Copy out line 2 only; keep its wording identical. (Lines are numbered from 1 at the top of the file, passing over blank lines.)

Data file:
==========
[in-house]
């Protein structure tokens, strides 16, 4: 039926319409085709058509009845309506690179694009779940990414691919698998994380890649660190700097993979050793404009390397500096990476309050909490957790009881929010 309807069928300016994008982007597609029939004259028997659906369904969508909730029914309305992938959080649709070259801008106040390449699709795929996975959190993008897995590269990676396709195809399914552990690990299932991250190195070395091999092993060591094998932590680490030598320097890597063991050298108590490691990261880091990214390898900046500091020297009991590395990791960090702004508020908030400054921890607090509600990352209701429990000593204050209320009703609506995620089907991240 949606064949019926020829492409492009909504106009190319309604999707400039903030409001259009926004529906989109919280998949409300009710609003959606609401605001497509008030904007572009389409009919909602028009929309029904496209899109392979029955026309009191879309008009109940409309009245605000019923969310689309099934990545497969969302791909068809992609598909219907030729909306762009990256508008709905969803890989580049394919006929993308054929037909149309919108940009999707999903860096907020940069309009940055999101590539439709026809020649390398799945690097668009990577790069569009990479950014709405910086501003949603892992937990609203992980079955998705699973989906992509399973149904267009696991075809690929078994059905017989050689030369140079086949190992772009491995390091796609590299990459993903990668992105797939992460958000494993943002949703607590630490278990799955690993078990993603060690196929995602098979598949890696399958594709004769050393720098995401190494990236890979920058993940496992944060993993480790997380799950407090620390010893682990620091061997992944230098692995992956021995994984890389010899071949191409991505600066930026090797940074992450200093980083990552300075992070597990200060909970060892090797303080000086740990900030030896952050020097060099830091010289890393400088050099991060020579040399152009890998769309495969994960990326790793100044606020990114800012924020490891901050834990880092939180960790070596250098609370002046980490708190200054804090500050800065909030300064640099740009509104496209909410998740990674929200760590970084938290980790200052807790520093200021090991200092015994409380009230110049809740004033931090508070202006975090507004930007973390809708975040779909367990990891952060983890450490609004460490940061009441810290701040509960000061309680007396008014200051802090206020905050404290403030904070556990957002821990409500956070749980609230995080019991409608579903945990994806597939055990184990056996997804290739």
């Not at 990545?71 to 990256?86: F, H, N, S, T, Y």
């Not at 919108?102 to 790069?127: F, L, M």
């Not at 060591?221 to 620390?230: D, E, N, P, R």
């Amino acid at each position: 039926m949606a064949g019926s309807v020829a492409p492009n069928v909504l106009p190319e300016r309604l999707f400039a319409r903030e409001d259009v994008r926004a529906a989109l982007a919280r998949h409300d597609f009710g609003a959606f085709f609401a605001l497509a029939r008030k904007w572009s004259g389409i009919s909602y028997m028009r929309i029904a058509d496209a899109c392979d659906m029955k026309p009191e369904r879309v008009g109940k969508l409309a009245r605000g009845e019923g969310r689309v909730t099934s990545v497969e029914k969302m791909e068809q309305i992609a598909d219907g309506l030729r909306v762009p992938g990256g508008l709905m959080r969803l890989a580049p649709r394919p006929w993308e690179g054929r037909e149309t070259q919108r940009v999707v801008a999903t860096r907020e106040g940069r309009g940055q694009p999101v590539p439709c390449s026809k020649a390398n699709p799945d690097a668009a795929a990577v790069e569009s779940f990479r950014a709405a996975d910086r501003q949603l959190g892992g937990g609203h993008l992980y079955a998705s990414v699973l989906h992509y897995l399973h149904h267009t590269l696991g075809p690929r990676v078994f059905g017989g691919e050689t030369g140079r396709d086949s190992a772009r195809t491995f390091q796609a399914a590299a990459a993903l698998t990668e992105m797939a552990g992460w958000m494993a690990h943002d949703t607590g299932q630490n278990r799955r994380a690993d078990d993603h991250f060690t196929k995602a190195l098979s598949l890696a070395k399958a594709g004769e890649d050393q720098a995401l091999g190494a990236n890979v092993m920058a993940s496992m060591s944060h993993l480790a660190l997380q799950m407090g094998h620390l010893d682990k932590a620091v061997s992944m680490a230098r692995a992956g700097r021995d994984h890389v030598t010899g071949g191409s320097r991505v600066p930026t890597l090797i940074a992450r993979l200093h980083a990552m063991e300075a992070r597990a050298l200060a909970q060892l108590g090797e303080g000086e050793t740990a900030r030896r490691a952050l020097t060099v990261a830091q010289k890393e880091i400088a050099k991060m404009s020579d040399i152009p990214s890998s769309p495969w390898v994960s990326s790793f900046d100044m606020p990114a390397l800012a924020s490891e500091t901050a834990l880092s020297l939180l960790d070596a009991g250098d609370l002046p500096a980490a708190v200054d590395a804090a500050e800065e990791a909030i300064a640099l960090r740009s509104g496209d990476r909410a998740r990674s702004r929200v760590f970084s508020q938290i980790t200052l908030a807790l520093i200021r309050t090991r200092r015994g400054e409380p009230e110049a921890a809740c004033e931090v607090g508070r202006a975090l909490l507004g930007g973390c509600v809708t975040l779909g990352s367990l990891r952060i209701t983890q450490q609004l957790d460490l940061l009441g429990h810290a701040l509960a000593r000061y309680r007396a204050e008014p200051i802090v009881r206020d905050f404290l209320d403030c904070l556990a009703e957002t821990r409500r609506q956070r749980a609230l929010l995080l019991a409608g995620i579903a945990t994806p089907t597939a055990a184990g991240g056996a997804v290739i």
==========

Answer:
């Protein structure tokens, strides 16, 4: 039926319409085709058509009845309506690179694009779940990414691919698998994380890649660190700097993979050793404009390397500096990476309050909490957790009881929010 309807069928300016994008982007597609029939004259028997659906369904969508909730029914309305992938959080649709070259801008106040390449699709795929996975959190993008897995590269990676396709195809399914552990690990299932991250190195070395091999092993060591094998932590680490030598320097890597063991050298108590490691990261880091990214390898900046500091020297009991590395990791960090702004508020908030400054921890607090509600990352209701429990000593204050209320009703609506995620089907991240 949606064949019926020829492409492009909504106009190319309604999707400039903030409001259009926004529906989109919280998949409300009710609003959606609401605001497509008030904007572009389409009919909602028009929309029904496209899109392979029955026309009191879309008009109940409309009245605000019923969310689309099934990545497969969302791909068809992609598909219907030729909306762009990256508008709905969803890989580049394919006929993308054929037909149309919108940009999707999903860096907020940069309009940055999101590539439709026809020649390398799945690097668009990577790069569009990479950014709405910086501003949603892992937990609203992980079955998705699973989906992509399973149904267009696991075809690929078994059905017989050689030369140079086949190992772009491995390091796609590299990459993903990668992105797939992460958000494993943002949703607590630490278990799955690993078990993603060690196929995602098979598949890696399958594709004769050393720098995401190494990236890979920058993940496992944060993993480790997380799950407090620390010893682990620091061997992944230098692995992956021995994984890389010899071949191409991505600066930026090797940074992450200093980083990552300075992070597990200060909970060892090797303080000086740990900030030896952050020097060099830091010289890393400088050099991060020579040399152009890998769309495969994960990326790793100044606020990114800012924020490891901050834990880092939180960790070596250098609370002046980490708190200054804090500050800065909030300064640099740009509104496209909410998740990674929200760590970084938290980790200052807790520093200021090991200092015994409380009230110049809740004033931090508070202006975090507004930007973390809708975040779909367990990891952060983890450490609004460490940061009441810290701040509960000061309680007396008014200051802090206020905050404290403030904070556990957002821990409500956070749980609230995080019991409608579903945990994806597939055990184990056996997804290739």